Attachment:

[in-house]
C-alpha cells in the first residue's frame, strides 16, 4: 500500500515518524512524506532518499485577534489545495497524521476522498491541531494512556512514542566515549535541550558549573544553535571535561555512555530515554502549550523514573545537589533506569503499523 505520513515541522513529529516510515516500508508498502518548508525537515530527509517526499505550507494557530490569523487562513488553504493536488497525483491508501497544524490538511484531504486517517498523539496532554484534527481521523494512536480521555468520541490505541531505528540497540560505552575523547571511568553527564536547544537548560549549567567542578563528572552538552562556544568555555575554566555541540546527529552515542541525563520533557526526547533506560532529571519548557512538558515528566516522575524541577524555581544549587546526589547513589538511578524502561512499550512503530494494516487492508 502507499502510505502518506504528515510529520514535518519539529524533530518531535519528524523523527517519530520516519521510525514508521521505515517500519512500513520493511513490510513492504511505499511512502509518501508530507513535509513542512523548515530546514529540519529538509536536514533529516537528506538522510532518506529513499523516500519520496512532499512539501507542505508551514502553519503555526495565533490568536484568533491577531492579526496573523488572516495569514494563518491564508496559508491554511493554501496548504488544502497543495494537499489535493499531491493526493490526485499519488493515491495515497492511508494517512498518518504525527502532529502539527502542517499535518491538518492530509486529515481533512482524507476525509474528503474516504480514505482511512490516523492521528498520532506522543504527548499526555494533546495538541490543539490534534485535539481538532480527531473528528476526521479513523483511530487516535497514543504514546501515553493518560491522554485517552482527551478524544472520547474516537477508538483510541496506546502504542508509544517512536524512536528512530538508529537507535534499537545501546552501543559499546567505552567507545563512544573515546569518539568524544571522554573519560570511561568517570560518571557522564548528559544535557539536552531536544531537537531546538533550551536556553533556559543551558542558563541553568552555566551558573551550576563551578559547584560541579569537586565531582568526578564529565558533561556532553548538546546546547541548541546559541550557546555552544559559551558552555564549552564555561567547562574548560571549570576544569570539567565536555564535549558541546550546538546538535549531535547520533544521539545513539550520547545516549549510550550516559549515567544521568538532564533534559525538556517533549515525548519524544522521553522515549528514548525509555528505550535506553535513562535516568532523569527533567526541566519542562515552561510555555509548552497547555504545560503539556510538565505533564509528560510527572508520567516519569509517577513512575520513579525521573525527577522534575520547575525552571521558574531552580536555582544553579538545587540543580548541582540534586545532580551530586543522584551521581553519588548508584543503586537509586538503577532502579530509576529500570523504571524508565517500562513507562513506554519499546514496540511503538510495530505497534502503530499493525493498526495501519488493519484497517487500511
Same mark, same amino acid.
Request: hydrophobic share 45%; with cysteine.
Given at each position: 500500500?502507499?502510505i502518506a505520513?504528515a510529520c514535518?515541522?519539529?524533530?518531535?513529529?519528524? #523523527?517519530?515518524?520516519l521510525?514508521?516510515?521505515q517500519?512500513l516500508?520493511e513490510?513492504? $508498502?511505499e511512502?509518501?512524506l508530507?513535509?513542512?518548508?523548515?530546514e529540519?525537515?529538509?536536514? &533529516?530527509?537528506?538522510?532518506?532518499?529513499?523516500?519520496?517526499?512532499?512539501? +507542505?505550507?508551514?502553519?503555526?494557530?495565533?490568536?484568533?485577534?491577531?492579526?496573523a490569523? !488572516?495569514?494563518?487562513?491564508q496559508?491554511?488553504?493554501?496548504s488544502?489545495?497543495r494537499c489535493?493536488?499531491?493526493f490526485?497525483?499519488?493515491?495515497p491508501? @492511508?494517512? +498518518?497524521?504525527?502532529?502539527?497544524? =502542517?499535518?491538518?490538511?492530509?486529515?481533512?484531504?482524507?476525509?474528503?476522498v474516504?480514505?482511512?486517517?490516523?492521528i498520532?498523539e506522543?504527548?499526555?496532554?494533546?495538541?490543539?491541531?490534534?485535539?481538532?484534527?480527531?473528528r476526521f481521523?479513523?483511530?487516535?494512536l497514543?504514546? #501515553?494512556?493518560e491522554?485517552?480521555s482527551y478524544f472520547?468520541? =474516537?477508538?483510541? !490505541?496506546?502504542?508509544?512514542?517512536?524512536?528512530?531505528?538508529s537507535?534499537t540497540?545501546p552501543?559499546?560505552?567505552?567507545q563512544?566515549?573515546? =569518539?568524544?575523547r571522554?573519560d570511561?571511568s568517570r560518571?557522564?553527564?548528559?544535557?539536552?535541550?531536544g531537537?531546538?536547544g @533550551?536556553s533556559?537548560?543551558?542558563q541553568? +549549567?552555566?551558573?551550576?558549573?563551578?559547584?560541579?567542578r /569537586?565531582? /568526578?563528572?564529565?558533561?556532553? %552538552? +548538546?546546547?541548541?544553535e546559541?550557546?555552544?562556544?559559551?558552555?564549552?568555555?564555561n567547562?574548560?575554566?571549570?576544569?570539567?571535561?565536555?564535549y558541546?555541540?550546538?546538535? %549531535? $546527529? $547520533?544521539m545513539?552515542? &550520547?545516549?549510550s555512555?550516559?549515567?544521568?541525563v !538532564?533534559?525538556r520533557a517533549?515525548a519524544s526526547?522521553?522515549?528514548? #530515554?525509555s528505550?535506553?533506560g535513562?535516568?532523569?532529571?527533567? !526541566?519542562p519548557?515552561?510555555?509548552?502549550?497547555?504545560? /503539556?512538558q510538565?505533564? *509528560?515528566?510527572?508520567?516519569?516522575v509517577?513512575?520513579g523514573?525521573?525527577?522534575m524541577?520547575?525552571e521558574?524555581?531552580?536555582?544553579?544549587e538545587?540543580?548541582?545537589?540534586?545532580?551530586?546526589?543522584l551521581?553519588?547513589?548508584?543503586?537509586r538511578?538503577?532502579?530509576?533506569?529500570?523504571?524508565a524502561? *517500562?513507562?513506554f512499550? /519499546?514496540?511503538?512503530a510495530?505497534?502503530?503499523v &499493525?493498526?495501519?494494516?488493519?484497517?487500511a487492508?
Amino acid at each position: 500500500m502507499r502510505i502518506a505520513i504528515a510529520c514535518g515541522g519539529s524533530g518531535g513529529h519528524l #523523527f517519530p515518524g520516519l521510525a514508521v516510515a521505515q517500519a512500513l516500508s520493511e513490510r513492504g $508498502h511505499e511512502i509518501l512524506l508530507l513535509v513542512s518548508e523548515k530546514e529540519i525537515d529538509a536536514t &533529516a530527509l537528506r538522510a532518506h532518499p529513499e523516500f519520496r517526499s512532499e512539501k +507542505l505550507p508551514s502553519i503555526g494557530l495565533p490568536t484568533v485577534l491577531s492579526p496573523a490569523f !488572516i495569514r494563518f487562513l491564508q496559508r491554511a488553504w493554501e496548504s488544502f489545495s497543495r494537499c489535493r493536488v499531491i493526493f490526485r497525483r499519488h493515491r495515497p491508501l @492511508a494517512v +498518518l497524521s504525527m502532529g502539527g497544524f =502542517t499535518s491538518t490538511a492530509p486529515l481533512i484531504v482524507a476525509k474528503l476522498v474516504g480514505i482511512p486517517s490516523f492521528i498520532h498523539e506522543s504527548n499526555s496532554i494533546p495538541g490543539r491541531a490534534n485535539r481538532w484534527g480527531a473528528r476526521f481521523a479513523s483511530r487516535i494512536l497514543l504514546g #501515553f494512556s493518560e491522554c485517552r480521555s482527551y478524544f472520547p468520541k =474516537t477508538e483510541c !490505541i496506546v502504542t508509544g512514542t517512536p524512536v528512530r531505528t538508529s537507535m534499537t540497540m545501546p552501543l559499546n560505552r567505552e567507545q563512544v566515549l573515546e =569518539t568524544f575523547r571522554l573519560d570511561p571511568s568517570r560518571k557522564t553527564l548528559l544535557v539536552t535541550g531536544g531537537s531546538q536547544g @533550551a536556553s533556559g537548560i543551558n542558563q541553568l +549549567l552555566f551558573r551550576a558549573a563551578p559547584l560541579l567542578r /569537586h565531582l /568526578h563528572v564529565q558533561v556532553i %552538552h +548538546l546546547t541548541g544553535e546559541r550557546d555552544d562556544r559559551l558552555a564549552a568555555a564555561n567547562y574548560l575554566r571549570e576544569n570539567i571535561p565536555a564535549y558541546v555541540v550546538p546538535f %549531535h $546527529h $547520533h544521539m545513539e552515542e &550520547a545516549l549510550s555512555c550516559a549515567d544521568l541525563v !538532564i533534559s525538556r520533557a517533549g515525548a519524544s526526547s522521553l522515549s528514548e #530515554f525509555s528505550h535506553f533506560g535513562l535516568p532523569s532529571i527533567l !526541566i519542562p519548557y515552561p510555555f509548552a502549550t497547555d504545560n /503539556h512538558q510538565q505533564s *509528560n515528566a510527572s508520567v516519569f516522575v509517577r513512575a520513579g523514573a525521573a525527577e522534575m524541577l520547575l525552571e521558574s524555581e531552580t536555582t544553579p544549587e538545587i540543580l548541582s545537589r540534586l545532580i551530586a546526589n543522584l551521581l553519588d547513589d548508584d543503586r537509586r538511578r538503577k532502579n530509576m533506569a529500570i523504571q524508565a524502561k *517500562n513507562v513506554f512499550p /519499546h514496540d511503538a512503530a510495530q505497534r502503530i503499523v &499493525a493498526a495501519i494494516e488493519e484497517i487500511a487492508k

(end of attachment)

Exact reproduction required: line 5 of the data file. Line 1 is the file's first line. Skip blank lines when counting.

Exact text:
Given at each position: 500500500?502507499?502510505i502518506a505520513?504528515a510529520c514535518?515541522?519539529?524533530?518531535?513529529?519528524? #523523527?517519530?515518524?520516519l521510525?514508521?516510515?521505515q517500519?512500513l516500508?520493511e513490510?513492504? $508498502?511505499e511512502?509518501?512524506l508530507?513535509?513542512?518548508?523548515?530546514e529540519?525537515?529538509?536536514? &533529516?530527509?537528506?538522510?532518506?532518499?529513499?523516500?519520496?517526499?512532499?512539501? +507542505?505550507?508551514?502553519?503555526?494557530?495565533?490568536?484568533?485577534?491577531?492579526?496573523a490569523? !488572516?495569514?494563518?487562513?491564508q496559508?491554511?488553504?493554501?496548504s488544502?489545495?497543495r494537499c489535493?493536488?499531491?493526493f490526485?497525483?499519488?493515491?495515497p491508501? @492511508?494517512? +498518518?497524521?504525527?502532529?502539527?497544524? =502542517?499535518?491538518?490538511?492530509?486529515?481533512?484531504?482524507?476525509?474528503?476522498v474516504?480514505?482511512?486517517?490516523?492521528i498520532?498523539e506522543?504527548?499526555?496532554?494533546?495538541?490543539?491541531?490534534?485535539?481538532?484534527?480527531?473528528r476526521f481521523?479513523?483511530?487516535?494512536l497514543?504514546? #501515553?494512556?493518560e491522554?485517552?480521555s482527551y478524544f472520547?468520541? =474516537?477508538?483510541? !490505541?496506546?502504542?508509544?512514542?517512536?524512536?528512530?531505528?538508529s537507535?534499537t540497540?545501546p552501543?559499546?560505552?567505552?567507545q563512544?566515549?573515546? =569518539?568524544?575523547r571522554?573519560d570511561?571511568s568517570r560518571?557522564?553527564?548528559?544535557?539536552?535541550?531536544g531537537?531546538?536547544g @533550551?536556553s533556559?537548560?543551558?542558563q541553568? +549549567?552555566?551558573?551550576?558549573?563551578?559547584?560541579?567542578r /569537586?565531582? /568526578?563528572?564529565?558533561?556532553? %552538552? +548538546?546546547?541548541?544553535e546559541?550557546?555552544?562556544?559559551?558552555?564549552?568555555?564555561n567547562?574548560?575554566?571549570?576544569?570539567?571535561?565536555?564535549y558541546?555541540?550546538?546538535? %549531535? $546527529? $547520533?544521539m545513539?552515542? &550520547?545516549?549510550s555512555?550516559?549515567?544521568?541525563v !538532564?533534559?525538556r520533557a517533549?515525548a519524544s526526547?522521553?522515549?528514548? #530515554?525509555s528505550?535506553?533506560g535513562?535516568?532523569?532529571?527533567? !526541566?519542562p519548557?515552561?510555555?509548552?502549550?497547555?504545560? /503539556?512538558q510538565?505533564? *509528560?515528566?510527572?508520567?516519569?516522575v509517577?513512575?520513579g523514573?525521573?525527577?522534575m524541577?520547575?525552571e521558574?524555581?531552580?536555582?544553579?544549587e538545587?540543580?548541582?545537589?540534586?545532580?551530586?546526589?543522584l551521581?553519588?547513589?548508584?543503586?537509586r538511578?538503577?532502579?530509576?533506569?529500570?523504571?524508565a524502561? *517500562?513507562?513506554f512499550? /519499546?514496540?511503538?512503530a510495530?505497534?502503530?503499523v &499493525?493498526?495501519?494494516?488493519?484497517?487500511a487492508?